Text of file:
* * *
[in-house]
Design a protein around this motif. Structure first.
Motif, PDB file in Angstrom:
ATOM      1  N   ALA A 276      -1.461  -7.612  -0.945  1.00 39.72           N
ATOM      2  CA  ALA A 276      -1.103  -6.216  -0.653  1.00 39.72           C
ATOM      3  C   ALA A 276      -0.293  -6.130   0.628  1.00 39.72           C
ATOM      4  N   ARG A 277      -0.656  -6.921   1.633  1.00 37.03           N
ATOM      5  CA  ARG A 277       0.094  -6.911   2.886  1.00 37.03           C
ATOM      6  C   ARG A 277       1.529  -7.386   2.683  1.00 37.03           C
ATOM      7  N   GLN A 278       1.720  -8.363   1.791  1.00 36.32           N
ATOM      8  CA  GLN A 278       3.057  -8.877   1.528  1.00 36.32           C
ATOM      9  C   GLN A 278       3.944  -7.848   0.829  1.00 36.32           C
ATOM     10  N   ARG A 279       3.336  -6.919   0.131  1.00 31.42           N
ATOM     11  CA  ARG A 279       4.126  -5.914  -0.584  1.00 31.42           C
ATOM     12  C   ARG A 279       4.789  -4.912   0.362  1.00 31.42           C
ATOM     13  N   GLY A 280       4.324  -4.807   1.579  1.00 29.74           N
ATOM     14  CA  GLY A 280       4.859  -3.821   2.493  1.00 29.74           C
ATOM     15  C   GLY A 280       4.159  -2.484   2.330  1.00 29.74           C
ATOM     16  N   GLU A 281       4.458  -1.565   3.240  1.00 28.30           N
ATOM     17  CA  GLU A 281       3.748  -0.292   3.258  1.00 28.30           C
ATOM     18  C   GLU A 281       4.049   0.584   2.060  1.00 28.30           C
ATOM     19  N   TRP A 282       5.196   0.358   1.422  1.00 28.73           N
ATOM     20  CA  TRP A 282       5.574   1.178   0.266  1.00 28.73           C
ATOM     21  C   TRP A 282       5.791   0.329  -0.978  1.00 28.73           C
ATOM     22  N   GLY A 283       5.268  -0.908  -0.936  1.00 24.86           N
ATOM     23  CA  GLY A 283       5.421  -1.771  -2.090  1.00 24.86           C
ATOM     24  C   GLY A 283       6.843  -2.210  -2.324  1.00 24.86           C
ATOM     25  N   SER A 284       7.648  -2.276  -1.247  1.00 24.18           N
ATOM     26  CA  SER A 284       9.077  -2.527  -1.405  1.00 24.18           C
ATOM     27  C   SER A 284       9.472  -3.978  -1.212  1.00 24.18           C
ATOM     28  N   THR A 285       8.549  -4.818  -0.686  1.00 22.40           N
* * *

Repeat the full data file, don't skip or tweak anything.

[in-house]
Design a protein around this motif. Structure first.
Motif, PDB file in Angstrom:
ATOM      1  N   ALA A 276      -1.461  -7.612  -0.945  1.00 39.72           N
ATOM      2  CA  ALA A 276      -1.103  -6.216  -0.653  1.00 39.72           C
ATOM      3  C   ALA A 276      -0.293  -6.130   0.628  1.00 39.72           C
ATOM      4  N   ARG A 277      -0.656  -6.921   1.633  1.00 37.03           N
ATOM      5  CA  ARG A 277       0.094  -6.911   2.886  1.00 37.03           C
ATOM      6  C   ARG A 277       1.529  -7.386   2.683  1.00 37.03           C
ATOM      7  N   GLN A 278       1.720  -8.363   1.791  1.00 36.32           N
ATOM      8  CA  GLN A 278       3.057  -8.877   1.528  1.00 36.32           C
ATOM      9  C   GLN A 278       3.944  -7.848   0.829  1.00 36.32           C
ATOM     10  N   ARG A 279       3.336  -6.919   0.131  1.00 31.42           N
ATOM     11  CA  ARG A 279       4.126  -5.914  -0.584  1.00 31.42           C
ATOM     12  C   ARG A 279       4.789  -4.912   0.362  1.00 31.42           C
ATOM     13  N   GLY A 280       4.324  -4.807   1.579  1.00 29.74           N
ATOM     14  CA  GLY A 280       4.859  -3.821   2.493  1.00 29.74           C
ATOM     15  C   GLY A 280       4.159  -2.484   2.330  1.00 29.74           C
ATOM     16  N   GLU A 281       4.458  -1.565   3.240  1.00 28.30           N
ATOM     17  CA  GLU A 281       3.748  -0.292   3.258  1.00 28.30           C
ATOM     18  C   GLU A 281       4.049   0.584   2.060  1.00 28.30           C
ATOM     19  N   TRP A 282       5.196   0.358   1.422  1.00 28.73           N
ATOM     20  CA  TRP A 282       5.574   1.178   0.266  1.00 28.73           C
ATOM     21  C   TRP A 282       5.791   0.329  -0.978  1.00 28.73           C
ATOM     22  N   GLY A 283       5.268  -0.908  -0.936  1.00 24.86           N
ATOM     23  CA  GLY A 283       5.421  -1.771  -2.090  1.00 24.86           C
ATOM     24  C   GLY A 283       6.843  -2.210  -2.324  1.00 24.86           C
ATOM     25  N   SER A 284       7.648  -2.276  -1.247  1.00 24.18           N
ATOM     26  CA  SER A 284       9.077  -2.527  -1.405  1.00 24.18           C
ATOM     27  C   SER A 284       9.472  -3.978  -1.212  1.00 24.18           C
ATOM     28  N   THR A 285       8.549  -4.818  -0.686  1.00 22.40           N